The United Nations warned on Friday that half of all Syrians will need humanitarian aid by the end of 2013 and launched what it said was the largest emergency appeal in history to cope with the civil war crisis.
"Syria as a civilization is unraveling," said the U.N. High Commissioner for Refugees, Antonio Guterres, announcing the call for some $5 billion before the end of the year.
The joint statement by U.N. agencies coincided with heavy fighting on numerous fronts, as rebels attacked an air base in northern Syria while forces loyal to President Bashar al-Assad sought to capitalize on their own recent gains.
Clashes also continued on the Golan Heights, close to the ceasefire line between Israel and Syria, a day after rebels briefly seized the sole crossing between the two foes.
Austria, a major contributor to a U.N. monitoring mission in the Golan, announced on Thursday it was withdrawing from the area because of the violence, jeopardizing an operation that has helped keep the Israeli-Syrian war quiet for four decades.
Russian President Vladimir Putin, who has backed the Syrian government since the start of the unrest in March 2011, said Moscow was ready to replace the Austrian peacekeepers.
"But this will happen, of course, only if the regional powers show interest, and if the U.N. secretary general asks us to do so," Putin said at a meeting with Russian officers.
Highlighting the scale of the crisis, U.N. humanitarian agencies in Geneva said 10.25 million Syrians would need aid by the end of the year at a cost of $5 billion.
"The funds we are appealing for are a matter of survival for suffering Syrians and they are existential for the neighboring countries hosting refugees," Guterres said.
Judging by the current refugee flows, the United Nations also forecast that the Syrian refugee population would double over the coming seven months to 3.45 million from 1.6 million.
Refugees are housed in often squalid camps across Lebanon, Jordan, Turkey, Iraq and Egypt. Lebanese media reported this week that the country might seek to halt the flow, worried that the Syrian war will ignite sectarian hatred at home.
The Lebanese Shi'ite group Hezbollah has poured its men into Syria to help Assad battle the mainly Sunni rebels, playing a crucial role in the capture earlier this week of Qusair -- a town on a key route linking the capital Damascus to the coast.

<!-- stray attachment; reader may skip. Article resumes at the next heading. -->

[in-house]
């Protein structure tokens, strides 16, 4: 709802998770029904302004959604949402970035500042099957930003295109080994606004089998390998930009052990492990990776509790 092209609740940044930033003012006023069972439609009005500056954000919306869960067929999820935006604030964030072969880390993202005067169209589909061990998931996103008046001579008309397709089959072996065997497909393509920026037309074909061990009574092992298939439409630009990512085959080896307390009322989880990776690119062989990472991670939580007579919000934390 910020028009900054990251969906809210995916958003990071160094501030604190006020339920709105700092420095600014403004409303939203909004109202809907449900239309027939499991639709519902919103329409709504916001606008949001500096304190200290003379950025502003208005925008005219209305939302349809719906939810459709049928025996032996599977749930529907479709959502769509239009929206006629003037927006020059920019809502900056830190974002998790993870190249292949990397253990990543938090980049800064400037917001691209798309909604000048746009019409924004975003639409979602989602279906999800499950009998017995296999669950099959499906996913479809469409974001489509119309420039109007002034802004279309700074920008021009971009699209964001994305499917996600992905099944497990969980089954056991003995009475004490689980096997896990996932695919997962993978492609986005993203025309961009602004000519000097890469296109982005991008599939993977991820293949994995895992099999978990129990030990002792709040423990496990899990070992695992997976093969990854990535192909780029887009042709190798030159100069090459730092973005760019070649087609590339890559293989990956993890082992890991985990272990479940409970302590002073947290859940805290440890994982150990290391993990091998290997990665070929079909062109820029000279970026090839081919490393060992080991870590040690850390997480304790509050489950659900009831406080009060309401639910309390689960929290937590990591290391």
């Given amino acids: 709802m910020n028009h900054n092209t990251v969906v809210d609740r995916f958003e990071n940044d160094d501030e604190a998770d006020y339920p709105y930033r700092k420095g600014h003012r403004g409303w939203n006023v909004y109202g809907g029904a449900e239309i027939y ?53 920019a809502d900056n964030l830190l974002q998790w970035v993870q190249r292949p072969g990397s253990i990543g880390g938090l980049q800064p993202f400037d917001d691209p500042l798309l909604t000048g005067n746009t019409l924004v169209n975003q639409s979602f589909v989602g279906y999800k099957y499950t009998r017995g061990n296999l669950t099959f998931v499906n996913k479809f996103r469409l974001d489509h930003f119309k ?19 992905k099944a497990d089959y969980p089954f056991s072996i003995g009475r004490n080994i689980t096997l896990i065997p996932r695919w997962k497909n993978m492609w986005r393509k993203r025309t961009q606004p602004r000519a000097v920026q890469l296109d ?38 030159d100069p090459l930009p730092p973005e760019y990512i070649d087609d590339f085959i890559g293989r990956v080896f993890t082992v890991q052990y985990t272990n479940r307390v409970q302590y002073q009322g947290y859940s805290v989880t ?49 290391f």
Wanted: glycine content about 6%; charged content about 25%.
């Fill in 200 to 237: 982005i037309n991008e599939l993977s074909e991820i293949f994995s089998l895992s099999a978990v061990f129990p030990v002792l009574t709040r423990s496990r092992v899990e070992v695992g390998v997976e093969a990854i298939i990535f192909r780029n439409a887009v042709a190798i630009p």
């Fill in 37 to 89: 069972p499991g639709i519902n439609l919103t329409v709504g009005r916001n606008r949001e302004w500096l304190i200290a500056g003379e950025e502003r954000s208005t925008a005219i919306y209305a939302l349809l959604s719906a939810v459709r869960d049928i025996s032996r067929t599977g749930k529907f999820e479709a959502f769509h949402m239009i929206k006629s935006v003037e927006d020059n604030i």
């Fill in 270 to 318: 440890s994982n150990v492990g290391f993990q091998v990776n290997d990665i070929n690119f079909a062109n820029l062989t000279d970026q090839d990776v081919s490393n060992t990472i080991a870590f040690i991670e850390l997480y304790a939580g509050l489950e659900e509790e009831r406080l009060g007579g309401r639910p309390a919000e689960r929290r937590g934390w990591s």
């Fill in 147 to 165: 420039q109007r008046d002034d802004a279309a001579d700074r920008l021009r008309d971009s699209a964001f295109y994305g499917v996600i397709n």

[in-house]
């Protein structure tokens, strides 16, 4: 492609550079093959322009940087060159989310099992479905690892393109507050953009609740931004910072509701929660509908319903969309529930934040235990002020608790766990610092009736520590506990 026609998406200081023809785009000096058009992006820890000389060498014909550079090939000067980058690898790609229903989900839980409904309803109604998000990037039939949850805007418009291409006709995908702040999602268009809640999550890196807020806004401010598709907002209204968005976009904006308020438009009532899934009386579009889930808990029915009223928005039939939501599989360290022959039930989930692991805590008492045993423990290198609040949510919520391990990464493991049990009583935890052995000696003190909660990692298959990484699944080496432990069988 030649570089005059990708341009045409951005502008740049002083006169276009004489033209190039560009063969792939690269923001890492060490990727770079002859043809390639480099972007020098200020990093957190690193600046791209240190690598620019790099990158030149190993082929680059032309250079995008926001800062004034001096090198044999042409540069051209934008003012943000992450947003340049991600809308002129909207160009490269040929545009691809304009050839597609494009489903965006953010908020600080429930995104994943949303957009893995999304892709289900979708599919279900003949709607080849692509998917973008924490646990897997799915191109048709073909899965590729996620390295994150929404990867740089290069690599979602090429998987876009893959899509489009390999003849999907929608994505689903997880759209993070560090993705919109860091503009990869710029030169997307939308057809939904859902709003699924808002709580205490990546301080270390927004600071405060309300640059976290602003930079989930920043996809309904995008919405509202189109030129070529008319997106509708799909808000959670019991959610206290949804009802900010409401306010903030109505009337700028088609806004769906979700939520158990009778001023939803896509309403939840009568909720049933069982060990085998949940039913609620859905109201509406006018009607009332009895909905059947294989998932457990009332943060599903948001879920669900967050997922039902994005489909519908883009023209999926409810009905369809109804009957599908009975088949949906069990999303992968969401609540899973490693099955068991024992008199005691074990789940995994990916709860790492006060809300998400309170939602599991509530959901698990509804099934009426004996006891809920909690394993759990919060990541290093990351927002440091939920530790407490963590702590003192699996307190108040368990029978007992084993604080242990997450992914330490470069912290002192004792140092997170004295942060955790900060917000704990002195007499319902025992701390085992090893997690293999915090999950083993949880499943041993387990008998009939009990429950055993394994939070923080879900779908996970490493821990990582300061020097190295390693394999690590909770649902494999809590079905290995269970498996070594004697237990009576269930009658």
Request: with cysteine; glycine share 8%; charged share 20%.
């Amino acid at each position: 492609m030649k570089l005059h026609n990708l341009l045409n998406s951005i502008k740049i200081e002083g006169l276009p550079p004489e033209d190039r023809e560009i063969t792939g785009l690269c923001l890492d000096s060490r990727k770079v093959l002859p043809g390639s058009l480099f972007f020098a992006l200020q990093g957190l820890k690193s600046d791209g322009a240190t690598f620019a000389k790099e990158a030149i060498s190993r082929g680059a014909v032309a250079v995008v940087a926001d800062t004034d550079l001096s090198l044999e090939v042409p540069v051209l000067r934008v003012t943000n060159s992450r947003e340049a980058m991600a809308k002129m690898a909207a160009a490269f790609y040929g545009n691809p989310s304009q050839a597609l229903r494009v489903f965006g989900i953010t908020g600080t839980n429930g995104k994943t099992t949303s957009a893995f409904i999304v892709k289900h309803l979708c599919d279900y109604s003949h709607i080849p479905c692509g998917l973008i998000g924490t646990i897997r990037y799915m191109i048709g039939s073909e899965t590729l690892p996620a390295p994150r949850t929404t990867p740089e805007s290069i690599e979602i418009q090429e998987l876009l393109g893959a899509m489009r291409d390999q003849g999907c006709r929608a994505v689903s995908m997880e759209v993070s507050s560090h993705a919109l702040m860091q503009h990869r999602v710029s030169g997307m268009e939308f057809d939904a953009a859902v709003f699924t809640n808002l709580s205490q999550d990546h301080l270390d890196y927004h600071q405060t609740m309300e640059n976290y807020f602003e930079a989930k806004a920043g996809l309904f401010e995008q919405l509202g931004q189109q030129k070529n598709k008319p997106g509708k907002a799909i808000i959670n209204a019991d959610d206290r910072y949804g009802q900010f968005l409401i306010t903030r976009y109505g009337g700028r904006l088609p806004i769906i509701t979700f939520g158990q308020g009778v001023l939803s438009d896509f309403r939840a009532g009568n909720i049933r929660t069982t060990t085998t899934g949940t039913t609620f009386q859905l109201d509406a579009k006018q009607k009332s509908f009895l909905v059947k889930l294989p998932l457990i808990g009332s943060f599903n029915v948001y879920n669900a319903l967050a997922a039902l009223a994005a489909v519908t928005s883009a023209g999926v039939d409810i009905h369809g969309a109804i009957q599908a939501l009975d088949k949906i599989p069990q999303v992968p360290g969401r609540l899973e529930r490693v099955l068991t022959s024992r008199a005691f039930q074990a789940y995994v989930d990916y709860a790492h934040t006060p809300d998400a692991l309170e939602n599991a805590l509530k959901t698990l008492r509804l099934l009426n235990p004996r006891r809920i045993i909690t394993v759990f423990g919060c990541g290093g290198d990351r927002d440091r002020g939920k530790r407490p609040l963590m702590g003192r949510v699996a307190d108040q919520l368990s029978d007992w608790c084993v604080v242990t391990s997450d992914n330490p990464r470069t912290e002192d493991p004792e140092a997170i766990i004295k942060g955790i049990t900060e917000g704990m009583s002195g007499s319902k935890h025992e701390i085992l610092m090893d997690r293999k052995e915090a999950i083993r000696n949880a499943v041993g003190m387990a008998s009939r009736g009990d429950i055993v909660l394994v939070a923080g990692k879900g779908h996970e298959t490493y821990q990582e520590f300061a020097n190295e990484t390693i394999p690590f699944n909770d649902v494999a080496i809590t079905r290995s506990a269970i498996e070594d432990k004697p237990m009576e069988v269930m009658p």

Syrian forces moved on Friday to flush out remaining pockets of resistance around the town. Assad's army and Hezbollah fighters are expected to turn their attention in the coming days to rebel positions around the northern city of Aleppo.
Activists said there was heavy fighting in orchards surrounding Qusair as well as the town of Husseiniya. They said that there were many bodies in the fields, including some women and children, adding it was impossible to collect the corpses.
Seeking to regain some lost momentum, rebels said they were close to capturing the Minagh air base in northern Aleppo province, close to the Turkish border.
"There has been a significant advance by the rebels today despite incredibly violent shelling by the regime forces," said Rami Abdelrahman, head of the Britain-based, pro-opposition Syrian Observatory for Human Rights.
"We still cannot say if or when the rebels can take the whole base, but they have made a major push."
One of the main problems faced by the opposition has been the fragmentation of rebel groups, with Islamist militia increasingly muscling out more moderate forces that had been courted by Western governments.
A video posted on the Internet on Friday showed Islamists executing two rebels, one named Mahmoud al-Majdami, who was the leader of an opposition brigade, and his aide, Mahmoud al-Abed.
The two men, blindfolded and kneeling on rugs, were accused of theft, blackmail and murder. "I don't know about that, please excuse me," one of the men says shortly before he is shot dead.
In a separate video, fighters discarded a flag that had become synonymous with the Syrian revolt in a rebel-held part of Aleppo and replaced it with a black Islamist flag. "They've taken down the flag of the revolution and thrown it away as if it was the Israeli flag," says the activist filming the scene.
The Syrian war, which has left at least 80,000 dead, has worsened sectarian divisions across the Middle East, and a number of prominent Sunni mullahs denounced on Friday the participation of Shi'ite Hezbollah, which is allied to Iran.
Hezbollah was founded to fight Israel and was widely respected around the Muslim world, especially in the Gaza Strip, a Palestinian enclave ruled by the Sunni Islamist Hamas group.
Gaza preacher Imad Al-Daya, who is not from Hamas, called Hezbollah chief Hassan Nasrallah the "quack of resistance" and urged Sunni youth to "wake up this a war of religion".
Lebanon, which was devastated by its own civil war from 1975-90, feels especially threatened by the conflict, with small-scale clashes linked to the Syrian tensions reported in numerous parts of the country in recent weeks.
Looking to restore calm, the army command issued a statement on Friday saying it was doing all it could "to prevent attempts at dragging Lebanon into the Syrian conflict".
It added: "The military leadership ... calls on citizens to be aware of what is happening around them in terms of plots to push Lebanon backwards and drag it into a ridiculous war."